Windows 7's XP Mode
To use XP Mode (shown at right), your PCs must support processor based virtualization (either Intel-VT or AMD-V), which leaves out a lot of older PCs. Users start and run applications in XP Mode just as they do native applications; however, these applications cannot take advantage of native Windows 7 features such as the Aero interface.
From the software perspective, you may want to look into the Application Compatibility Toolkit (ACT) 5.5; it has a variety of tools that help determine which applications will function smoothly in Windows 7 and which ones will give you trouble. ACT does require a local agent be installed on the systems you are testing; those agents drill down into the systems to find every last application you've forgotten about and report them back to the server. Typically you don't need to scan every single machine in the enterprise; a few representative machines from different departments and locations should provide enough of a baseline.
The Microsoft Standard User Analyzer (SUA)
One of my personal favorite tools from the Application Compatibility Toolkit is the Standard User Analyzer (SUA), shown at right, which requires you to install the Application Verifier tool. SUA lets you loosen User Access Control (UAC) permissions for standard users for those applications that UAC causes to issue many "are you sure?" messages. (UAC's overeagerness was one of users' main dislikes of Vista.)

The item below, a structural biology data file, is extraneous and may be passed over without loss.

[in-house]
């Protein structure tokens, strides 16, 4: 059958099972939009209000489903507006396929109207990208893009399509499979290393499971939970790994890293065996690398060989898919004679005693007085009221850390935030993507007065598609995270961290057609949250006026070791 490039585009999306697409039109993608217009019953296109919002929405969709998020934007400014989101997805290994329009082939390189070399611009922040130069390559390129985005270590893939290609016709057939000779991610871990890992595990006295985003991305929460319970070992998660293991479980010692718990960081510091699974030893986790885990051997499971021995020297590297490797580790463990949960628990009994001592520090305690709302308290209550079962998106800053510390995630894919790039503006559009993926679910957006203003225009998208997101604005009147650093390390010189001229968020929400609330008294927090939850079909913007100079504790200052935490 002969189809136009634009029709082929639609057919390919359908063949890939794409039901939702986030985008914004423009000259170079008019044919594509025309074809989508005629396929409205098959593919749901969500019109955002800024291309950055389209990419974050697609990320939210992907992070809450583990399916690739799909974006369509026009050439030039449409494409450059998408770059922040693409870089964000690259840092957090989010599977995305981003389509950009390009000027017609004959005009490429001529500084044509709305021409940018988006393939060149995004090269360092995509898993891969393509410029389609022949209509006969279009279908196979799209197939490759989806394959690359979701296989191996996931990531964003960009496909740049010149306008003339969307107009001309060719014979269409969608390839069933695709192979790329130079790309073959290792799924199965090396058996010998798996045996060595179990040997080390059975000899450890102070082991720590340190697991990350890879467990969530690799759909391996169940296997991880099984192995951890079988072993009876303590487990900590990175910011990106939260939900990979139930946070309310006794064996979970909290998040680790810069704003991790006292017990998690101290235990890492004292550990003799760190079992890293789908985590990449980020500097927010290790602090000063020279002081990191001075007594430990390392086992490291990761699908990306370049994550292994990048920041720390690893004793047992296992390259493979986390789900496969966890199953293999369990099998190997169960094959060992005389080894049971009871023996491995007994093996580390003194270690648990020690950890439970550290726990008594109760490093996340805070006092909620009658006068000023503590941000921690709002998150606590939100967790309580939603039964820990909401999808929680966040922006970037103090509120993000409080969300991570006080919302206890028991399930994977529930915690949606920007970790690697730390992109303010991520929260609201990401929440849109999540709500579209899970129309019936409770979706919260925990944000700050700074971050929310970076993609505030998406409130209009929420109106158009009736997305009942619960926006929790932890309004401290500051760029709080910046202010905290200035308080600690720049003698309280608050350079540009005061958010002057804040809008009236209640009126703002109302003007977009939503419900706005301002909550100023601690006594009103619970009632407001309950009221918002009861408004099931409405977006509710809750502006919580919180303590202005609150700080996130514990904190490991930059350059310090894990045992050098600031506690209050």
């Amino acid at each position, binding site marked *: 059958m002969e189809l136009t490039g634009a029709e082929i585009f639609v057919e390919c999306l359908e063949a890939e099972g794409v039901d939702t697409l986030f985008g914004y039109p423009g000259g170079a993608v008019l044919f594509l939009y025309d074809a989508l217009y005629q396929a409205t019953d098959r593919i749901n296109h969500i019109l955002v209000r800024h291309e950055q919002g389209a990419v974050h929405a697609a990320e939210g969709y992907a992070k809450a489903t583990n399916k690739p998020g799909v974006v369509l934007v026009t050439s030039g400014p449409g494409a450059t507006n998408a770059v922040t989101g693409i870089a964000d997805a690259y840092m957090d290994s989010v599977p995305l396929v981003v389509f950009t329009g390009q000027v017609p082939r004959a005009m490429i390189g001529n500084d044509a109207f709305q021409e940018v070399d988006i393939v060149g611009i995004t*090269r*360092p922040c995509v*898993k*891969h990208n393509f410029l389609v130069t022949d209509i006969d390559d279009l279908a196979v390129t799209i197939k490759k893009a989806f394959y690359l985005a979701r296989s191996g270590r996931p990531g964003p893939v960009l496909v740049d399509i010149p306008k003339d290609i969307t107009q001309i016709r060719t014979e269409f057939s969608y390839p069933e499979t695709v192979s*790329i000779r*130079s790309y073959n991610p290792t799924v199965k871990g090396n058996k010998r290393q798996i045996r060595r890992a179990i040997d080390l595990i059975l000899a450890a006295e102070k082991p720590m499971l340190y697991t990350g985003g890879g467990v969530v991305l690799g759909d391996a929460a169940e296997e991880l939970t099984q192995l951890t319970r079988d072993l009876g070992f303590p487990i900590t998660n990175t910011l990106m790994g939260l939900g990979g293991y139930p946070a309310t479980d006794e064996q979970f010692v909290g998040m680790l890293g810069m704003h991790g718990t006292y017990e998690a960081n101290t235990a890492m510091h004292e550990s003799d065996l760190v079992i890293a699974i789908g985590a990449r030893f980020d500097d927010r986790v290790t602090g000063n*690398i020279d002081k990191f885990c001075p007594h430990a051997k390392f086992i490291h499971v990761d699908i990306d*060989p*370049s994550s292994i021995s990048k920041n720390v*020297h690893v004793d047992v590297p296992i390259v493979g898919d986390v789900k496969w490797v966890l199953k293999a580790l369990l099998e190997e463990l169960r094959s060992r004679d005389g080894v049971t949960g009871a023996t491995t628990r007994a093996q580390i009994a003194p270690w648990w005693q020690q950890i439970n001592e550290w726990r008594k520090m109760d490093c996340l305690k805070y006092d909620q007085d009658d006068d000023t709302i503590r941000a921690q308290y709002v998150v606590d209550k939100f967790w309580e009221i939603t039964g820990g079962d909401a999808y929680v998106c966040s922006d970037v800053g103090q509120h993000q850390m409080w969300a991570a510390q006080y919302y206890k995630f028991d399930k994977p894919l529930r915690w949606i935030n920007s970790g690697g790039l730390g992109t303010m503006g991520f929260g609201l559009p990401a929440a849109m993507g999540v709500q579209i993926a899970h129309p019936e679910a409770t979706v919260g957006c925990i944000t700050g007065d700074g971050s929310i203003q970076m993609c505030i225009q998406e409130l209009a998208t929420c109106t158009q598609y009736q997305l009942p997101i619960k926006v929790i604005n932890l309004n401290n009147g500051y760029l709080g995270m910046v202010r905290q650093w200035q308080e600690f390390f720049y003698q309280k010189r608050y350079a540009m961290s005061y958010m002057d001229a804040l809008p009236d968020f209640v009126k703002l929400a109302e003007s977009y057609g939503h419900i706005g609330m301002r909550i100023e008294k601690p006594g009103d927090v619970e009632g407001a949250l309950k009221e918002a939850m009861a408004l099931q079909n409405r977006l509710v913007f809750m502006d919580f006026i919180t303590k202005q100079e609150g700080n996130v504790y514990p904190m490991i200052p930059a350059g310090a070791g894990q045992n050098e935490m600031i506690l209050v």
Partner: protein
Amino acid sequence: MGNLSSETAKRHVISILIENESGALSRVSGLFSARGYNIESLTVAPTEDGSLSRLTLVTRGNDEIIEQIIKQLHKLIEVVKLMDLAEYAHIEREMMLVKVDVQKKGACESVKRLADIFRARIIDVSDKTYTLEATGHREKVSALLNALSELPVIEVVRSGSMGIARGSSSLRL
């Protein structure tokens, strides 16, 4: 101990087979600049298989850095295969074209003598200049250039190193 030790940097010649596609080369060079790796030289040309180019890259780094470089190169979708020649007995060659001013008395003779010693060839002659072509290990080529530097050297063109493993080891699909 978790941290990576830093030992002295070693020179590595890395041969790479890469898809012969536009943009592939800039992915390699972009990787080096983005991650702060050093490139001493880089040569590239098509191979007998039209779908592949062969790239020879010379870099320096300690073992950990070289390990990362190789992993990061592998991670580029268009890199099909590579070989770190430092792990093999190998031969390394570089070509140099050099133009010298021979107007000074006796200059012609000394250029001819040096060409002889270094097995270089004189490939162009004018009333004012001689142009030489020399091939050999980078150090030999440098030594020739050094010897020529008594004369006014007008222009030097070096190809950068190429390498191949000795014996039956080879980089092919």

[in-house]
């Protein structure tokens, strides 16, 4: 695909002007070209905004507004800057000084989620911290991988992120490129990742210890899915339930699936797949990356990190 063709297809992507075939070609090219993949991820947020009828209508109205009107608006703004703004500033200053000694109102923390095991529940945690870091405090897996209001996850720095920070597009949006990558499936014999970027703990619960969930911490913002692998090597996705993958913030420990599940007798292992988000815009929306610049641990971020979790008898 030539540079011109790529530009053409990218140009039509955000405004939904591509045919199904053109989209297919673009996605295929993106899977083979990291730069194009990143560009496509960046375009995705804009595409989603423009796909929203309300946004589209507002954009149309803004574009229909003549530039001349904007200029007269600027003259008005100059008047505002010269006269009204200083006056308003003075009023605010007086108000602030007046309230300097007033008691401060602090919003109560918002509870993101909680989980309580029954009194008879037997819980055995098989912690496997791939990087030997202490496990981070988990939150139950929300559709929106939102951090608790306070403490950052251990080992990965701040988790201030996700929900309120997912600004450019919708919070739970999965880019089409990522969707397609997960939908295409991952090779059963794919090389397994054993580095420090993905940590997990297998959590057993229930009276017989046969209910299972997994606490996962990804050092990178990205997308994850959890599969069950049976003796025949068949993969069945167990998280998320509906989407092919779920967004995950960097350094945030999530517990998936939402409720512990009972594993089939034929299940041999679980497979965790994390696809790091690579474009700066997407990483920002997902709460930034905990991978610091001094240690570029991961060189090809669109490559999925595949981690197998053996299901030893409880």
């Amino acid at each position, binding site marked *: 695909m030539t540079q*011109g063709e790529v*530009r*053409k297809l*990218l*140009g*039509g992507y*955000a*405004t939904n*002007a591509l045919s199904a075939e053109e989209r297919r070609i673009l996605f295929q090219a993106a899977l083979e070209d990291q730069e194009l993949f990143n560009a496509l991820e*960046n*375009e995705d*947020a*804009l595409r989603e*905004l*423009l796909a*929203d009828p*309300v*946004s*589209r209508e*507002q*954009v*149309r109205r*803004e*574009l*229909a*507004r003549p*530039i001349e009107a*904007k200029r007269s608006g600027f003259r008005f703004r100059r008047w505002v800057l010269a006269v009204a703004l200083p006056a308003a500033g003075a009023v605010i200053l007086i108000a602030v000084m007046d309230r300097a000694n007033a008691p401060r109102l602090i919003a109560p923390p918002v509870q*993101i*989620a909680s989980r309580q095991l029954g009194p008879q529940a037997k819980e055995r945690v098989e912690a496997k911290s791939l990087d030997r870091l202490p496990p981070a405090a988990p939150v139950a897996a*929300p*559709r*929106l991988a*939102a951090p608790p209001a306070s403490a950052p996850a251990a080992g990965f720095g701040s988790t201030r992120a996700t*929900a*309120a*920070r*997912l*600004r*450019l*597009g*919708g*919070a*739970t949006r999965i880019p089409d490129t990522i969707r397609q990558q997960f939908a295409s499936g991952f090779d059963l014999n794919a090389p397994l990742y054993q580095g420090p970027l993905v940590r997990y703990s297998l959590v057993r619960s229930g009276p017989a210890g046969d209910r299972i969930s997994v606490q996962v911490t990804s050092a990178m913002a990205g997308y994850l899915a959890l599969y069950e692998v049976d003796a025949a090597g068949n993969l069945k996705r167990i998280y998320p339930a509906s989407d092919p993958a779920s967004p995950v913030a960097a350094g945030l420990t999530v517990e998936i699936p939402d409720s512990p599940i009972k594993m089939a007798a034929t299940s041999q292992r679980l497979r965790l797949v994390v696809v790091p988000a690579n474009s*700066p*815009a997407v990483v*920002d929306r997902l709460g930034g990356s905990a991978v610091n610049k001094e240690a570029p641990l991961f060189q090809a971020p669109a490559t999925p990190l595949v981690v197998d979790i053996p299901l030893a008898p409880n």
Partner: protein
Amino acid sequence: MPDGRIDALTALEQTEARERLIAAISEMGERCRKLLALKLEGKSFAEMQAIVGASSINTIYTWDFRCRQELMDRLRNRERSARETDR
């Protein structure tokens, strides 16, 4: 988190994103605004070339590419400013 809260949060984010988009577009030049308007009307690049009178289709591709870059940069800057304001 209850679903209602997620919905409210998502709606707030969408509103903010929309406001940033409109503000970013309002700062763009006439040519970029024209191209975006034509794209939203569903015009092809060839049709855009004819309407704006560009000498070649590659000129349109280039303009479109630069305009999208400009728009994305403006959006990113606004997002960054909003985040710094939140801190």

Addressing the licensing question
Now that you've done the footwork and have PCs ready to deploy, it's time to think about licensing and activation. In enterprise deployments, it's best to use a volume license and the product activation approach called Volume Activation (VA) introduced with Vista. To use VA, you need either a Multiple Activation Key (MAK) or a Key Management Server (KMS), which requires a KMS key. The mechanics of getting these keys is complicated, so Microsoft has a help page on how to do it.
Note that Microsoft has many types of licenses for Windows and other products. When upgrading to Windows 7, be sure not to confuse the volume license with the Enterprise Agreement, Enterprise Subscription Agreement, or Software Assurance (SA) programs. The two agreements are essentially maintenance agreements that include the SA program, which lets you upgrade to a new version of Windows at any time during your agreement period, in exchange for a per-system annual fee. Given Microsoft's slow OS update schedule and the lack of transferability of SA coverage to new PCs, this insurance-type plan has ended up costing businesses more per desktop than simply purchasing upgrade licenses for old PCs and getting the OS included with new system purchases.